Safety For Victims of Family and Domestic Violence


Staying Safe As A Victim of Family or Domestic Violence


If you are planning on leaving a situation where domestic and family violence is occurring, it is important to consider your safety. A safety plan can help you identify risks and develop safety strategies. The Psych Professionals have listed some tips for developing your safety plan. Where possible, it is always recommended to develop a safety plan with a trained professional as they have experience in the areas of domestic and family violence and will be able to support you to develop a plan for your particular situation and risk factors.


Tips To Increase Safety

Code words

Talk with someone you identify as a safe person – a friend, neighbour or family member- about having code words.  This word is a word to indicate you need assistance. In addition to this, also develop the level of risk for this code work. For example, one code word could let the other person know to check in on you, and another code word could signal you need immediate emergency assistance such as the police to be called.  The code words need to be words that would not arouse suspicion in the person who is using violence, as this most likely would place you in further danger. Consider words that may be associated with your work, a type of meal, a tv show, or whatever you feel would work for you.



In an emergency, it is always important to have an exit plan. A good idea is to always reverse your car into driveways so you can leave easily if you need to do so and to have a second car key cut and hidden somewhere that is easy for you to access.


Emergency provisions

Your emergency provisions are there to be used if you need to leave suddenly. They will mean you will be able to live for a little while, giving you time to make the appropriate contacts to get settled and safe.

  • Open a separate bank account if you can safely do that.  Try putting regular small amounts away for when you need.
  • Have a bag with essentials somewhere safe.  Include clothing, toiletries, and ID such as a passport (if safe to do so). You may consider storing this bag with your identified safe person.


Cyber safety

In today’s day and age, there is a lot of information that we have which is, or can be accessed through online means. As a result of this, it is incredibly important to consider your cyber safety when you are in a violent relationship. The below can assist, however only use when it is safe to do so.

  • Create a new anonymous account for email
  • Check the apps on your phone
  • Frequently change passwords and PINs
  • Be careful about information shared publicly on social networking sites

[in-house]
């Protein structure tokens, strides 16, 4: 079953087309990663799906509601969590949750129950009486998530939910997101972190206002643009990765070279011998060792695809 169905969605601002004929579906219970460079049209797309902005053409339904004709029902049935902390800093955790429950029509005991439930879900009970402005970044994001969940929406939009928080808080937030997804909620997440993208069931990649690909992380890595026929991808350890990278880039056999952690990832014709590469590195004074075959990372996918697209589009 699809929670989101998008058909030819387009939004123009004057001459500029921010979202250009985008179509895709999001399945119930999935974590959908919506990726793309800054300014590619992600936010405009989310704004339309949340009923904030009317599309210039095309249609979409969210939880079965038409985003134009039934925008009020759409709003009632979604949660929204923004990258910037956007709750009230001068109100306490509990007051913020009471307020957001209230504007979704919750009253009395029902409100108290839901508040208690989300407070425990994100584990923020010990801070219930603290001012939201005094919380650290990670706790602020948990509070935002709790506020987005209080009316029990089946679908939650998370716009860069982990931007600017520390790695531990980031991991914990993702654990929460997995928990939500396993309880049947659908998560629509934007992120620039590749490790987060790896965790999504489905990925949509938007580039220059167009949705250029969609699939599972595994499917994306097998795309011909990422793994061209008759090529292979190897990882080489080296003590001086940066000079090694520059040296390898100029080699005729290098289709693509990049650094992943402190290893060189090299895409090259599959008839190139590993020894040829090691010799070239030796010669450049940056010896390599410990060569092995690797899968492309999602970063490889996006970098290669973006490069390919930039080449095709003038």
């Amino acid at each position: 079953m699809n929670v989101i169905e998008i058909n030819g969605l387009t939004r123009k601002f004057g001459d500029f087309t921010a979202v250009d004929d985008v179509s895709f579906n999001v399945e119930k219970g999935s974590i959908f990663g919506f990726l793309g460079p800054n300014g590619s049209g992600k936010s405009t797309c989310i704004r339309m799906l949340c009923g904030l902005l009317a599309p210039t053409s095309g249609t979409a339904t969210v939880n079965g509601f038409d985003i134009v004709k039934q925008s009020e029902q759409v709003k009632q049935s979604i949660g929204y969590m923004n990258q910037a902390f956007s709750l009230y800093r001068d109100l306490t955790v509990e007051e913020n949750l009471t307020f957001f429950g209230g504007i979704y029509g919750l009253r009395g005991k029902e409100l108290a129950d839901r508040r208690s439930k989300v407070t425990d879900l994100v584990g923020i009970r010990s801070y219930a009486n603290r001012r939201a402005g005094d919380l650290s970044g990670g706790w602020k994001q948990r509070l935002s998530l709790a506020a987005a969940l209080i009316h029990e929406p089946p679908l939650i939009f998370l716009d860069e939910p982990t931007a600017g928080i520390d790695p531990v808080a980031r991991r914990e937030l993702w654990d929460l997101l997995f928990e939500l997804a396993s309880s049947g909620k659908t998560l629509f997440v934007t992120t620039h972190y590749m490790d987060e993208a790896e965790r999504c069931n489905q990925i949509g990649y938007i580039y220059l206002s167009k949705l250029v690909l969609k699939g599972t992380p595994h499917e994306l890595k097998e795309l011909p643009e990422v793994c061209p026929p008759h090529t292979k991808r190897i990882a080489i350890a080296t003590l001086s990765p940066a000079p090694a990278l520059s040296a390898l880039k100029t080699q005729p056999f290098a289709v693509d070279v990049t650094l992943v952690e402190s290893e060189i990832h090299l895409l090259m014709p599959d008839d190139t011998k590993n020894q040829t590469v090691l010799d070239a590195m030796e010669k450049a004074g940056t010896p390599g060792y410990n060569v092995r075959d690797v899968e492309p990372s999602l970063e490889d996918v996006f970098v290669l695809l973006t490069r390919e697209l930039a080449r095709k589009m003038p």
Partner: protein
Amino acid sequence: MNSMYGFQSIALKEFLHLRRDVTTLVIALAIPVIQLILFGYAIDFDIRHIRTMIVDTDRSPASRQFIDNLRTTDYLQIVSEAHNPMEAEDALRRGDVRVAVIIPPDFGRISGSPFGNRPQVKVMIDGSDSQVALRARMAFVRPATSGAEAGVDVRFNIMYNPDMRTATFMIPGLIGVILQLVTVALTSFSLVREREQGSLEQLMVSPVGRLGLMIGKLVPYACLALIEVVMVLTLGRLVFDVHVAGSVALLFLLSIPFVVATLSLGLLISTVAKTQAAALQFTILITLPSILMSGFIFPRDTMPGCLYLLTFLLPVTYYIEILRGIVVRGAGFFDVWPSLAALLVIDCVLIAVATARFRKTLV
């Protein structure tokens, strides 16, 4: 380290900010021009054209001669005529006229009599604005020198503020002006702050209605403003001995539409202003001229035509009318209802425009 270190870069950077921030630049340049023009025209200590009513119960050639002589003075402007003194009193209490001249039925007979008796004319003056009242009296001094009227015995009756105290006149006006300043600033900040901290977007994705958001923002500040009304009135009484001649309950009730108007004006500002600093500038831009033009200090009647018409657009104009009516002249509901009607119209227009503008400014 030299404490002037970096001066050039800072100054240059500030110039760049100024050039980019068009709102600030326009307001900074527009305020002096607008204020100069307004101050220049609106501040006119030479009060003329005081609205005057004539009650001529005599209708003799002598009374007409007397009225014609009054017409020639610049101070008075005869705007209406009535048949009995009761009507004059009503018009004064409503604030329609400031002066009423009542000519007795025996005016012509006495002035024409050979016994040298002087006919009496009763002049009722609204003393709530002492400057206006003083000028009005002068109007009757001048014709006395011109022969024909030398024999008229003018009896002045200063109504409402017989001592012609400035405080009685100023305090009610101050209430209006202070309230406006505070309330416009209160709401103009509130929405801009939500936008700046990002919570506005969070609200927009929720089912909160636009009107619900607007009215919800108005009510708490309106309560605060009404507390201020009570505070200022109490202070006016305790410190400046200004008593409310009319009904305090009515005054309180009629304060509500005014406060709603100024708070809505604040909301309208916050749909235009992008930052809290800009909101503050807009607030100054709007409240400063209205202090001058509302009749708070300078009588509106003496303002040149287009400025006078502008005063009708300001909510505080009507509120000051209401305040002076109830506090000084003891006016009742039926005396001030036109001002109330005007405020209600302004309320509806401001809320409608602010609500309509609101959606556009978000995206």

• If you believe the person using violence is tracking you through your device leave this at home as often as you can.
  • Consider if spyware is being used.  Some indications of this include; the battery of your device needs more regular recharging; unknown programs are running in the background of your computer; your phone or computer is slower than usual; the person using violence seems to know a lot more about you than you know you have shared.  Trust your intuition.

You can access an online safety checklist here. There is also more general information about online safety which can be accessed through the eSafety Commissioner webpage.

Smartphone support services app

Daisy is an app developed to connect people experiencing violence or abuse to services in their local area. The app includes safety features to help protect your privacy. However, domestic violence service apps are only recommended to those who have safe and secure access to their phone.You can learn more about the Daisy app here.


Seek Professional Health

There are many support services with qualified professionals who are experienced in supporting those who have experienced domestic and family violence. These professionals are also trained to assist in the development of safety plans and are experienced in dealing with difficult situations with controlling perpetrators. Even if you don’t think you can leave, or you don’t want to leave, you are still able to make contact with support lines to work on increasing the safety of you and those in your household. These professionals services include:

DVConnect Womensline – Qld 24/7 line 1800 811 811 –Crisis support and intervention.  Support in safety planning and seeking refuge

1800Respect – Nationwide 24/7 1800 737 732 – specialist trauma counselling and referral for people experiencing or at risk of sexual violence and or domestic and family violence.  Support to family and friends of people experiencing or at risk of violence and support for other professionals supporting someone experiencing or at risk of violence.

Mensline – 1300 789 978 – counselling, referral, information and support, service for Queenslanders identifying as male, and who may be experiencing or using domestic and family violence


If you are concerned you or someone you know is a victim of domestic and family violence, we encourage you to speak up. Access support on the White Ribbon Australia National support page.  Local support can also be found here.


The Psych Professionals work to support our clients to develop the skills and strategies to live the life they deserve. We have clinicians who work with all ages who support in areas from anxiety, depression and trauma, to chronic pain, work issues and behaviour problems. If you want to know more about how we can help you, contact us and one of our friendly Client Relationships Team will get back to you. We offer remote telehealth consultation or if you are in Cleveland or Loganholme in QLD, Australia book an in-person appointment with our psychologists


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